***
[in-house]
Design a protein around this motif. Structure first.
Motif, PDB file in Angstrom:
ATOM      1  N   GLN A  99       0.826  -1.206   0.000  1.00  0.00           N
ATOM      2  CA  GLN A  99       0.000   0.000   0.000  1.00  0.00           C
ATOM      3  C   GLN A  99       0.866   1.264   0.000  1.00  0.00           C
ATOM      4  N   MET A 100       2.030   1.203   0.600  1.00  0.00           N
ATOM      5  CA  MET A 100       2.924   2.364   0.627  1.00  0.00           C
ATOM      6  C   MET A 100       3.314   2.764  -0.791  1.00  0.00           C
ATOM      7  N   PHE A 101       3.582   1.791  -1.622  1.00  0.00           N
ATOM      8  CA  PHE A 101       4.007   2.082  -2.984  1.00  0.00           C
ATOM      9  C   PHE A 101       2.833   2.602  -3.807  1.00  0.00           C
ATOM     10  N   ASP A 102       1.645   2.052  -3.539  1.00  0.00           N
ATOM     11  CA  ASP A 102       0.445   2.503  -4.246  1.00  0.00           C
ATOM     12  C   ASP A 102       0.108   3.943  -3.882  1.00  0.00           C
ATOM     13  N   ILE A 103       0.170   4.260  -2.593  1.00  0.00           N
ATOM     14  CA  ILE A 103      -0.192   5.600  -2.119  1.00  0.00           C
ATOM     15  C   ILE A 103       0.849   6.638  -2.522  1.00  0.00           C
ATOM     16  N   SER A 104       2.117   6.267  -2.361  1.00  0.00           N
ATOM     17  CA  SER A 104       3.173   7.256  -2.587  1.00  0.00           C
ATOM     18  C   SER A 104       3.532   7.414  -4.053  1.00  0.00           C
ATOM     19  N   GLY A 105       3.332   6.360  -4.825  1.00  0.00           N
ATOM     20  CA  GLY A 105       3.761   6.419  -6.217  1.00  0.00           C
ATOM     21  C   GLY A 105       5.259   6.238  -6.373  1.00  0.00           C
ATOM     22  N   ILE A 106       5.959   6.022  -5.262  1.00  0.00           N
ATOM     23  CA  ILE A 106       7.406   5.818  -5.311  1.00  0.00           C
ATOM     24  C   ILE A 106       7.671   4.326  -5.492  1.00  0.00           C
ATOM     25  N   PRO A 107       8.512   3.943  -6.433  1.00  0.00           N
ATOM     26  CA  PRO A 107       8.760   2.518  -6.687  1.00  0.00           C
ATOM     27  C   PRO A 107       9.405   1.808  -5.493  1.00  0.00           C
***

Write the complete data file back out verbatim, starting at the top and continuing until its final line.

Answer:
[in-house]
Design a protein around this motif. Structure first.
Motif, PDB file in Angstrom:
ATOM      1  N   GLN A  99       0.826  -1.206   0.000  1.00  0.00           N
ATOM      2  CA  GLN A  99       0.000   0.000   0.000  1.00  0.00           C
ATOM      3  C   GLN A  99       0.866   1.264   0.000  1.00  0.00           C
ATOM      4  N   MET A 100       2.030   1.203   0.600  1.00  0.00           N
ATOM      5  CA  MET A 100       2.924   2.364   0.627  1.00  0.00           C
ATOM      6  C   MET A 100       3.314   2.764  -0.791  1.00  0.00           C
ATOM      7  N   PHE A 101       3.582   1.791  -1.622  1.00  0.00           N
ATOM      8  CA  PHE A 101       4.007   2.082  -2.984  1.00  0.00           C
ATOM      9  C   PHE A 101       2.833   2.602  -3.807  1.00  0.00           C
ATOM     10  N   ASP A 102       1.645   2.052  -3.539  1.00  0.00           N
ATOM     11  CA  ASP A 102       0.445   2.503  -4.246  1.00  0.00           C
ATOM     12  C   ASP A 102       0.108   3.943  -3.882  1.00  0.00           C
ATOM     13  N   ILE A 103       0.170   4.260  -2.593  1.00  0.00           N
ATOM     14  CA  ILE A 103      -0.192   5.600  -2.119  1.00  0.00           C
ATOM     15  C   ILE A 103       0.849   6.638  -2.522  1.00  0.00           C
ATOM     16  N   SER A 104       2.117   6.267  -2.361  1.00  0.00           N
ATOM     17  CA  SER A 104       3.173   7.256  -2.587  1.00  0.00           C
ATOM     18  C   SER A 104       3.532   7.414  -4.053  1.00  0.00           C
ATOM     19  N   GLY A 105       3.332   6.360  -4.825  1.00  0.00           N
ATOM     20  CA  GLY A 105       3.761   6.419  -6.217  1.00  0.00           C
ATOM     21  C   GLY A 105       5.259   6.238  -6.373  1.00  0.00           C
ATOM     22  N   ILE A 106       5.959   6.022  -5.262  1.00  0.00           N
ATOM     23  CA  ILE A 106       7.406   5.818  -5.311  1.00  0.00           C
ATOM     24  C   ILE A 106       7.671   4.326  -5.492  1.00  0.00           C
ATOM     25  N   PRO A 107       8.512   3.943  -6.433  1.00  0.00           N
ATOM     26  CA  PRO A 107       8.760   2.518  -6.687  1.00  0.00           C
ATOM     27  C   PRO A 107       9.405   1.808  -5.493  1.00  0.00           C